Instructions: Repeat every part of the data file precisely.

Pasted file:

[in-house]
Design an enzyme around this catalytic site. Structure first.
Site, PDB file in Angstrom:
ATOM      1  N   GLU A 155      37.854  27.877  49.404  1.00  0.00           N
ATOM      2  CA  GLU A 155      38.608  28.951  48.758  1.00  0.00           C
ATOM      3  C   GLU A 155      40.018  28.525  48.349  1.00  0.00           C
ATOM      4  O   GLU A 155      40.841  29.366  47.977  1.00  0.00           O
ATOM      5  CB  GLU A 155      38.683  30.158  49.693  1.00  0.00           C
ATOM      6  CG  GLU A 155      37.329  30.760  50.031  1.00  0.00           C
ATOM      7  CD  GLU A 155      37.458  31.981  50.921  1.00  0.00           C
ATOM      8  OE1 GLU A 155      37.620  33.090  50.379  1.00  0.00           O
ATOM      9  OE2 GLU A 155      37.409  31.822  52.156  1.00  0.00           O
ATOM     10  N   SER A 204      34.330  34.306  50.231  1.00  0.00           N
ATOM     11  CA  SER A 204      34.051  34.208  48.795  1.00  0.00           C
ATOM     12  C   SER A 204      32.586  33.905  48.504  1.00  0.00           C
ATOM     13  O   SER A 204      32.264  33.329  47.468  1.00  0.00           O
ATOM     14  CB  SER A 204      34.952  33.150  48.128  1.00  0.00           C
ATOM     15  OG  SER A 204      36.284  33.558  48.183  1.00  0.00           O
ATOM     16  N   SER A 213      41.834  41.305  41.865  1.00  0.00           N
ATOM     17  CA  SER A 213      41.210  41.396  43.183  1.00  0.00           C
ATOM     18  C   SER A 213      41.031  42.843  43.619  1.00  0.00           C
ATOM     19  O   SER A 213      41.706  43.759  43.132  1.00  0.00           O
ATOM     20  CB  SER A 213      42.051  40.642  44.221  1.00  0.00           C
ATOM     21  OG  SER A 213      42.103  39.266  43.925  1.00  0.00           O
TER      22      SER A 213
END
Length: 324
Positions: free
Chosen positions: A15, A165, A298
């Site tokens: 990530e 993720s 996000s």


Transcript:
[in-house]
Design an enzyme around this catalytic site. Structure first.
Site, PDB file in Angstrom:
ATOM      1  N   GLU A 155      37.854  27.877  49.404  1.00  0.00           N
ATOM      2  CA  GLU A 155      38.608  28.951  48.758  1.00  0.00           C
ATOM      3  C   GLU A 155      40.018  28.525  48.349  1.00  0.00           C
ATOM      4  O   GLU A 155      40.841  29.366  47.977  1.00  0.00           O
ATOM      5  CB  GLU A 155      38.683  30.158  49.693  1.00  0.00           C
ATOM      6  CG  GLU A 155      37.329  30.760  50.031  1.00  0.00           C
ATOM      7  CD  GLU A 155      37.458  31.981  50.921  1.00  0.00           C
ATOM      8  OE1 GLU A 155      37.620  33.090  50.379  1.00  0.00           O
ATOM      9  OE2 GLU A 155      37.409  31.822  52.156  1.00  0.00           O
ATOM     10  N   SER A 204      34.330  34.306  50.231  1.00  0.00           N
ATOM     11  CA  SER A 204      34.051  34.208  48.795  1.00  0.00           C
ATOM     12  C   SER A 204      32.586  33.905  48.504  1.00  0.00           C
ATOM     13  O   SER A 204      32.264  33.329  47.468  1.00  0.00           O
ATOM     14  CB  SER A 204      34.952  33.150  48.128  1.00  0.00           C
ATOM     15  OG  SER A 204      36.284  33.558  48.183  1.00  0.00           O
ATOM     16  N   SER A 213      41.834  41.305  41.865  1.00  0.00           N
ATOM     17  CA  SER A 213      41.210  41.396  43.183  1.00  0.00           C
ATOM     18  C   SER A 213      41.031  42.843  43.619  1.00  0.00           C
ATOM     19  O   SER A 213      41.706  43.759  43.132  1.00  0.00           O
ATOM     20  CB  SER A 213      42.051  40.642  44.221  1.00  0.00           C
ATOM     21  OG  SER A 213      42.103  39.266  43.925  1.00  0.00           O
TER      22      SER A 213
END
Length: 324
Positions: free
Chosen positions: A15, A165, A298
């Site tokens: 990530e 993720s 996000s």